Connecticut, New Jersey, and New York sue the IRS over regulations that would bar a workaround employed by the states to circumvent a limit on tax deductions imposed by the 2017 tax law overhaul. (Governing)
After Congresswoman Lori Trahan posted a guide for unauthorized immigrants to know their legal rights ahead of trumpeted immigration raids last weekend – including their right not to allow federal agents without a warrant into a home – Massachusetts Republican Party Chairman Jim Lyons said it “looks like they’re trying to interfere with law enforcement.” (Eagle-Tribune)
Rep. Andy Vargas of Haverhill says it’s time to bring ranked-choice voting to Massachusetts. (CommonWealth)
Hampshire College names Edward Wingenbach, the acting president of Ripon College in Wisconsin, as its eighth president.
State Education Secretary James Peyser and UMass President Marty Meehan say unifying payment and procurement systems for the entire system will save millions of dollars annually. (CommonWealth)
Bentley Academy Charter School in Salem will convert from a charter school to an in-district innovation school, and some questions remain about why the move was undertaken. (Salem News)
Somerville Hospital is closing its emergency department, a move the hospital says is unrelated to the tragic death of patient who collapsed only steps from the emergency room entrance in 2016 but was not found there quickly. (Boston Globe)
The state adopts new rules requiring more documentation of surgeons’ comings and goings from operating rooms in the wake of concerns raised about doctors being involved concurrently in multiple surgeries. (Boston Globe)
A prominent local black artist announced he was abandoning plans for a memorial to the slave auctions once held outside Faneuil Hall in the face of opposition from the Boston NAACP. (Boston Globe)
Draper is looking back 50 years to the first days of lunar exploration in an exhibit titled “Hack the Moon,” and looking ahead to a planned return visit to earth’s nearest neighbor, which NASA hopes to accomplish by 2024. (WBUR)
Boston Mayor Marty Walsh described the T as “not currently a functional service” for much of the city. (State House News) Boston City Councilor Michelle Wu continued her critique of the T, saying the buck stops with Gov. Charlie Baker and warning that the system is heading for “total shutdown” after a power outage disrupted service yesterday on the Blue Line. (Boston Herald)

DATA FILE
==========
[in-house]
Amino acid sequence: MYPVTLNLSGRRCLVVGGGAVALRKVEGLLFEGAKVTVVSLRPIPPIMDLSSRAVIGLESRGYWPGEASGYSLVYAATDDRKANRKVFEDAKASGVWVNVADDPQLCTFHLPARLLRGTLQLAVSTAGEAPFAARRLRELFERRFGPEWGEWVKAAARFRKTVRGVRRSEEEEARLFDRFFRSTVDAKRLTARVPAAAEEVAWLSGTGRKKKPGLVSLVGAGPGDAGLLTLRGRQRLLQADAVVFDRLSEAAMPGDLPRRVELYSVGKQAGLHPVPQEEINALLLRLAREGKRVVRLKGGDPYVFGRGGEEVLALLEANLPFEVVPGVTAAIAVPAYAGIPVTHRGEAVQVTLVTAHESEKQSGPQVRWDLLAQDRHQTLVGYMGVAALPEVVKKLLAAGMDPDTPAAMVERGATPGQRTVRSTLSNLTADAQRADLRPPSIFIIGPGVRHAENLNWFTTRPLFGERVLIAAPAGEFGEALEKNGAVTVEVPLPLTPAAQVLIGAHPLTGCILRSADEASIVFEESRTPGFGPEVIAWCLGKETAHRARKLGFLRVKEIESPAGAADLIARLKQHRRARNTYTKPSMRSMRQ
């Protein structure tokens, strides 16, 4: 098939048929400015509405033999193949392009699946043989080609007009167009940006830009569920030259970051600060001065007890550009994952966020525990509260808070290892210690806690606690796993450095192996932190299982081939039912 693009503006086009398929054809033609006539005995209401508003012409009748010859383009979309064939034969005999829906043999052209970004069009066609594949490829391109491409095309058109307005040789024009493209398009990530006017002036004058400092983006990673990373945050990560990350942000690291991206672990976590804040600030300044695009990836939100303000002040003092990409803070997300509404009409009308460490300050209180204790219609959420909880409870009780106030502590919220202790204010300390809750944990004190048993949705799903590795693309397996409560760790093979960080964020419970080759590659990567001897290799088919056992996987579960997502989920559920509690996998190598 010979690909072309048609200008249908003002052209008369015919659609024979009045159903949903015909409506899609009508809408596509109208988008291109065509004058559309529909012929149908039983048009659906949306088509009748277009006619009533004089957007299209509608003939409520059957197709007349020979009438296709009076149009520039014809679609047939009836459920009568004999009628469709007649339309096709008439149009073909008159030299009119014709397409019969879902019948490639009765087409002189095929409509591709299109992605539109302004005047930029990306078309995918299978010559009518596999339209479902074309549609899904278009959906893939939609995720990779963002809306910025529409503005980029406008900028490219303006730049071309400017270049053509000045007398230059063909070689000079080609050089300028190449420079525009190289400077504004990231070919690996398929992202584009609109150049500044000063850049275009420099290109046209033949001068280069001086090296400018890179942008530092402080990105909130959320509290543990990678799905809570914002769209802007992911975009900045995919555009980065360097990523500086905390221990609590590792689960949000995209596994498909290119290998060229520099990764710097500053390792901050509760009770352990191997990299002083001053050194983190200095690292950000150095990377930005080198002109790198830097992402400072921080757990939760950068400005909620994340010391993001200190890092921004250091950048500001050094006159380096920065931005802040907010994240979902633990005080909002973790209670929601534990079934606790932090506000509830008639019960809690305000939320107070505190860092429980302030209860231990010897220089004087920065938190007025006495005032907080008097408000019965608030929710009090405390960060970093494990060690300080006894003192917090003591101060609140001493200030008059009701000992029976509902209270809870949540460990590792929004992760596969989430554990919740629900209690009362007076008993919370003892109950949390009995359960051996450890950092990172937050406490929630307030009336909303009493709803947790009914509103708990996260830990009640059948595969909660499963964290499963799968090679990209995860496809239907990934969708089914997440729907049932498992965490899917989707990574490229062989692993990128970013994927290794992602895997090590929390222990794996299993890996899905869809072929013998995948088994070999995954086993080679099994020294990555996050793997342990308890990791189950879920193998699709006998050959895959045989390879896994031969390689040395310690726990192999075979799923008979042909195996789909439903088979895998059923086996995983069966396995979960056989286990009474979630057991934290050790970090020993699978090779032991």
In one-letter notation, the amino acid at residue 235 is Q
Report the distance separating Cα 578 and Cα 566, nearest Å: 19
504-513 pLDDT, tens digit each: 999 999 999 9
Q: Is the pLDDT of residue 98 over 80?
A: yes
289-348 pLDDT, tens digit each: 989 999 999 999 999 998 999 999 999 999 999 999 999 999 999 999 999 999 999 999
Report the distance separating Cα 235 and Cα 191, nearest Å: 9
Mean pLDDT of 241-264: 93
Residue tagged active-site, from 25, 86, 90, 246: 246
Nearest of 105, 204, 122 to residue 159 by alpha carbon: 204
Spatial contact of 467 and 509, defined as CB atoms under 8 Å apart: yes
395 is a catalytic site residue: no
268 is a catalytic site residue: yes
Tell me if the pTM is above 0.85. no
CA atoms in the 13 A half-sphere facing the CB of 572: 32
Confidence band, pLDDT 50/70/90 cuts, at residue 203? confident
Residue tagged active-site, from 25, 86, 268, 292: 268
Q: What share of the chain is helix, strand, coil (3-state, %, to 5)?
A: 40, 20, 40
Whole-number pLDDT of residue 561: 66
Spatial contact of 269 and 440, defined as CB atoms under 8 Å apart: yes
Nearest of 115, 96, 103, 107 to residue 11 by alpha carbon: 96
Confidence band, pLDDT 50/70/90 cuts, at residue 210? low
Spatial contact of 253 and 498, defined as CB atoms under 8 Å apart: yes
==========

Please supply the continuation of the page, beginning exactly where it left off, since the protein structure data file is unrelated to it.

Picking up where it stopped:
More than half of T riders were dissatisfied with the service in June, the highest level ever, according to a monthly survey conducted by the transit authority. A Red Line train derailed in June, causing damage that won’t be fully repaired until the end of the summer. (CommonWealth)
Vineyard Wind says its offshore wind project is at risk if federal regulators fail to approve an environmental impact statement in the next four to six weeks. (CommonWealth)
Curaleaf Holdings Inc. of Wakefield acquires Chicago-based Grassroots, solidifying its position as the nation’s largest marijuana company. (Telegram & Gazette)
Claude W. Brown-Madison has been indicted by a Plymouth grand jury for allegedly pointing a gun at a state trooper during a Brockton incident with murky circumstances. (Herald News)
Prosecutors dropped sexual assault charges against Kevin Spacey after the young man who accused the actor of groping him in a Nantucket bar refused to testify about deleted messages from his cellphone on the night of the alleged assault. (Boston Globe)
Retired magician David Hussey, who is charged with inappropriately touching two of his former students, was released on bail today following his arraignment in Brockton Superior Court. (Brockton Enterprise)PASSINGS
Elijah “Pumpsie” Green, who became the first black player for Red Sox when it became the last Major League team to integrate its roster in 1959, died at age 85.